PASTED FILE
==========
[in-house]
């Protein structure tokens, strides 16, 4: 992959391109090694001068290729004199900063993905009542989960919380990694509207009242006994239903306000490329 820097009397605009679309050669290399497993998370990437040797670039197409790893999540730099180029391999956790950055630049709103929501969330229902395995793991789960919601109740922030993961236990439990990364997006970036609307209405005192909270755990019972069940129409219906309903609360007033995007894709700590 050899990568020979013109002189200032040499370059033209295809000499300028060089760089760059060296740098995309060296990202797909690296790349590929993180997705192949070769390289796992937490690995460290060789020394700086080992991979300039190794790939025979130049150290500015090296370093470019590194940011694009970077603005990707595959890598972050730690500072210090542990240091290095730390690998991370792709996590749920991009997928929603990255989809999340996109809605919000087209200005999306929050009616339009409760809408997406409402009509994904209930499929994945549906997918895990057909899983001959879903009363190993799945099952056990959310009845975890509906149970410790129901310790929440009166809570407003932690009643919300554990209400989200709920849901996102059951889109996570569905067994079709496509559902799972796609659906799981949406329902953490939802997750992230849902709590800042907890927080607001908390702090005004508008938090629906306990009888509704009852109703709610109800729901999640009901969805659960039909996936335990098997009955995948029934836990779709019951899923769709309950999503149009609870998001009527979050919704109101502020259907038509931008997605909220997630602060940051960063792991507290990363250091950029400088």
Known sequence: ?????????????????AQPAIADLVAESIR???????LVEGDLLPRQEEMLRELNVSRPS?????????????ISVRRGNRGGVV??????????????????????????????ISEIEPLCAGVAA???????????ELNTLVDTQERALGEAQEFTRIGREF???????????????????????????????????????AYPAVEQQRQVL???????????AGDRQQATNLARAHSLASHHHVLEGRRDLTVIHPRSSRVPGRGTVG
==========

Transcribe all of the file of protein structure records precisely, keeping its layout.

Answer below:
[in-house]
């Protein structure tokens, strides 16, 4: 992959391109090694001068290729004199900063993905009542989960919380990694509207009242006994239903306000490329 820097009397605009679309050669290399497993998370990437040797670039197409790893999540730099180029391999956790950055630049709103929501969330229902395995793991789960919601109740922030993961236990439990990364997006970036609307209405005192909270755990019972069940129409219906309903609360007033995007894709700590 050899990568020979013109002189200032040499370059033209295809000499300028060089760089760059060296740098995309060296990202797909690296790349590929993180997705192949070769390289796992937490690995460290060789020394700086080992991979300039190794790939025979130049150290500015090296370093470019590194940011694009970077603005990707595959890598972050730690500072210090542990240091290095730390690998991370792709996590749920991009997928929603990255989809999340996109809605919000087209200005999306929050009616339009409760809408997406409402009509994904209930499929994945549906997918895990057909899983001959879903009363190993799945099952056990959310009845975890509906149970410790129901310790929440009166809570407003932690009643919300554990209400989200709920849901996102059951889109996570569905067994079709496509559902799972796609659906799981949406329902953490939802997750992230849902709590800042907890927080607001908390702090005004508008938090629906306990009888509704009852109703709610109800729901999640009901969805659960039909996936335990098997009955995948029934836990779709019951899923769709309950999503149009609870998001009527979050919704109101502020259907038509931008997605909220997630602060940051960063792991507290990363250091950029400088």
Known sequence: ?????????????????AQPAIADLVAESIR???????LVEGDLLPRQEEMLRELNVSRPS?????????????ISVRRGNRGGVV??????????????????????????????ISEIEPLCAGVAA???????????ELNTLVDTQERALGEAQEFTRIGREF???????????????????????????????????????AYPAVEQQRQVL???????????AGDRQQATNLARAHSLASHHHVLEGRRDLTVIHPRSSRVPGRGTVG